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Paper IDT.3.2
Paper Title How else can we define Information Flow in Neural Circuits?
Authors Praveen Venkatesh, Sanghamitra Dutta, Pulkit Grover, Carnegie Mellon University, United States
Session T.3: Information Theory and Biology
Presentation Lecture
Track Topics in Information Theory
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Abstract Recently, we developed a systematic framework for defining and inferring flows of information about a specific message in neural circuits [2], [3]. We defined a computational model of a neural circuit consisting of computational nodes and transmissions being sent between these nodes over time. We then gave a formal definition of information flow pertaining to a specific message, which was capable of identifying paths along which information flowed in such a system. However, this definition also had some non-intuitive properties, such as the existence of "orphans"---nodes from which information flowed out, even though no information flowed in. In part, these non-intuitive properties arose because we restricted our attention to measures that were functions of transmissions at a single time instant, and measures that were observational rather than counterfactual. In this paper, we consider alternative definitions, including one that is a function of transmissions at multiple time instants, one that is counterfactual, and a new observational definition. We show that a definition of information flow based on counterfactual causal influence (CCI) guarantees the existence of information paths while also having no orphans. We also prove that no observational definition of information flow that satisfies the information path property can match CCI in every instance. Furthermore, each of the definitions we examine (including CCI) is shown to have examples in which the information flow can take a non-intuitive path. Nevertheless, we believe our framework remains more amenable to drawing clear interpretations than classical tools used in neuroscience, such as Granger Causality.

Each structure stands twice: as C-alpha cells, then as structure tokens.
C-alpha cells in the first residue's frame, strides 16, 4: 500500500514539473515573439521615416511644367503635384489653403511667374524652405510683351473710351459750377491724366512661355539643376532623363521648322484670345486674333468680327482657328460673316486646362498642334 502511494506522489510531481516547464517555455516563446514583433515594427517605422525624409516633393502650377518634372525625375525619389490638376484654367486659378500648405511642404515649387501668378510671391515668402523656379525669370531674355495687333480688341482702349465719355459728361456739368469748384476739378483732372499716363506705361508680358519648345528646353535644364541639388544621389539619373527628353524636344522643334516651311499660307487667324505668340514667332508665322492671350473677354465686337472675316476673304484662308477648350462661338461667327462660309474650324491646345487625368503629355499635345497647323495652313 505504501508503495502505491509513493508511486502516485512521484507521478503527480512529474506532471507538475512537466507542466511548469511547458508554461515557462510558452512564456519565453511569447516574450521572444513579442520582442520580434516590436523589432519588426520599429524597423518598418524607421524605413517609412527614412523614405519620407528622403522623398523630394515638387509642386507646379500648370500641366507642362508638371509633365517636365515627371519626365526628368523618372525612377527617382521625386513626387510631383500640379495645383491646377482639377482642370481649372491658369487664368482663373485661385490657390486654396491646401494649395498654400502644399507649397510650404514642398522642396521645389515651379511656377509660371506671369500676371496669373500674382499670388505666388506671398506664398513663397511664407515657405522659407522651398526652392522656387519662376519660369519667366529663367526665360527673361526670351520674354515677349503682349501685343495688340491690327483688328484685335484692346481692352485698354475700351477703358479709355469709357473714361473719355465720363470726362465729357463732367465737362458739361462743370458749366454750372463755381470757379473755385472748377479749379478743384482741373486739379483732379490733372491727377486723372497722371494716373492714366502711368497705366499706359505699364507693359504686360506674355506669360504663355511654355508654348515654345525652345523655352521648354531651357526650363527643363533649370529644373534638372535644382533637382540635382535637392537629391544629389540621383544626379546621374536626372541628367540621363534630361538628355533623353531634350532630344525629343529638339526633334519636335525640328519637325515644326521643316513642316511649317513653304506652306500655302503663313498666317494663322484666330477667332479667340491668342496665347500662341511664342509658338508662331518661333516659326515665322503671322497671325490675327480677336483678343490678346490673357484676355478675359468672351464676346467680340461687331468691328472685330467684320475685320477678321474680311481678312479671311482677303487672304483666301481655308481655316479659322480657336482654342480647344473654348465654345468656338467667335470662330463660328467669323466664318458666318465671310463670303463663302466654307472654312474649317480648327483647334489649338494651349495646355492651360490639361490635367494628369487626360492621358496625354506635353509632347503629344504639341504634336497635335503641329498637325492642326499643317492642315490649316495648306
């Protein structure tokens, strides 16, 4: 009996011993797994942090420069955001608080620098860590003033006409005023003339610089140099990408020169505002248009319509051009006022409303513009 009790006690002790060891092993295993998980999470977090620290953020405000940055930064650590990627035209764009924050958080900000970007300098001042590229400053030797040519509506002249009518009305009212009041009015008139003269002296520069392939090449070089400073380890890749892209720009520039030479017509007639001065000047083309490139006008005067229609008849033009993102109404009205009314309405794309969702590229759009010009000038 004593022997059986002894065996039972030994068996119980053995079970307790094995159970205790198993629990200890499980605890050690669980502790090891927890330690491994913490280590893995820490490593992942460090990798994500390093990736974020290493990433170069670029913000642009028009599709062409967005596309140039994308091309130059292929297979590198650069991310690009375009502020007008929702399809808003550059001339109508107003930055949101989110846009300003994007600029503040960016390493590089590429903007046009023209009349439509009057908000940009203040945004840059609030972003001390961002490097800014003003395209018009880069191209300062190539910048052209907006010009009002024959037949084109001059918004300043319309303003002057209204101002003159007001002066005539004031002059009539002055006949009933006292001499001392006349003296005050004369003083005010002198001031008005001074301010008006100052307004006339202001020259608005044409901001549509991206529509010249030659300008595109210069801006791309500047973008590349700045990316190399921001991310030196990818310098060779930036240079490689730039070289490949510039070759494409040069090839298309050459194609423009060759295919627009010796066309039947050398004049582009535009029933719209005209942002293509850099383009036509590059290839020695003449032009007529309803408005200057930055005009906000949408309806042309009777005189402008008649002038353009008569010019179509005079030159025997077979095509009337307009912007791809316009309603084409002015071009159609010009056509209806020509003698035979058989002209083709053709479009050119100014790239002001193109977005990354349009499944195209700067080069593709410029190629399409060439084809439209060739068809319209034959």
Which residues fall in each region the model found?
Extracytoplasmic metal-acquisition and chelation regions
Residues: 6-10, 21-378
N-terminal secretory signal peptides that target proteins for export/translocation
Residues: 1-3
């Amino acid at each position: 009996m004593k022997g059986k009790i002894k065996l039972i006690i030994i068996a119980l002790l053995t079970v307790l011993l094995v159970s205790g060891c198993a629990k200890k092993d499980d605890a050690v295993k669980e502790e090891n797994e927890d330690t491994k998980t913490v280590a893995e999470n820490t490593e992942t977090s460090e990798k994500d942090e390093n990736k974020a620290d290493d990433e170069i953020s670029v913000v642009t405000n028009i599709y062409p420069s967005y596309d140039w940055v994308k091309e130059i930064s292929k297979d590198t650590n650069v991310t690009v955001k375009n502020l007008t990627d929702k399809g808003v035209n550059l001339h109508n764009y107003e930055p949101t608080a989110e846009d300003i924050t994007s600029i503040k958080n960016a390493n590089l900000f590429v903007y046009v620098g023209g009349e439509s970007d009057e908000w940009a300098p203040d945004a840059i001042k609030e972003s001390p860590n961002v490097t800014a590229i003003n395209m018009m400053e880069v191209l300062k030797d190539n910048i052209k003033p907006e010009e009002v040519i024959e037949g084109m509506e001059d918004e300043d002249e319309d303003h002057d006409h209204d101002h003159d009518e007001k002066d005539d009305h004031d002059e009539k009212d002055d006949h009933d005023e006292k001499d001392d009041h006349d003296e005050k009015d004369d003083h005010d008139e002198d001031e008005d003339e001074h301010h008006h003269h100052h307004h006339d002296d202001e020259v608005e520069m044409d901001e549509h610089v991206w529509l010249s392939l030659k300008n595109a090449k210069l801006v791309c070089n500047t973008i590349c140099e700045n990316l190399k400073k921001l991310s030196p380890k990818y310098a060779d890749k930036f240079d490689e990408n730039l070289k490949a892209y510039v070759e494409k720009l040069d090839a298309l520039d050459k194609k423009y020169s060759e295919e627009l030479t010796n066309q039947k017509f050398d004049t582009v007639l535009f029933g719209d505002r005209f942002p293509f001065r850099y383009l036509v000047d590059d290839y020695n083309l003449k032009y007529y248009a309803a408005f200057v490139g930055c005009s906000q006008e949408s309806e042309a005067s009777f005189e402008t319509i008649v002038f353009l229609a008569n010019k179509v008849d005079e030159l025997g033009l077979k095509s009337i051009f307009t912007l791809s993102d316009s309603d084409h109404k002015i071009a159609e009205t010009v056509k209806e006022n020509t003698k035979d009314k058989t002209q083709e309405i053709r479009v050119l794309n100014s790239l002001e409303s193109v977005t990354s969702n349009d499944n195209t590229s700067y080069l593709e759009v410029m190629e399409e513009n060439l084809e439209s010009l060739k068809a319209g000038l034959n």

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2021 IEEE International Symposium on Information Theory

11-16 July 2021 | Melbourne, Victoria, Australia

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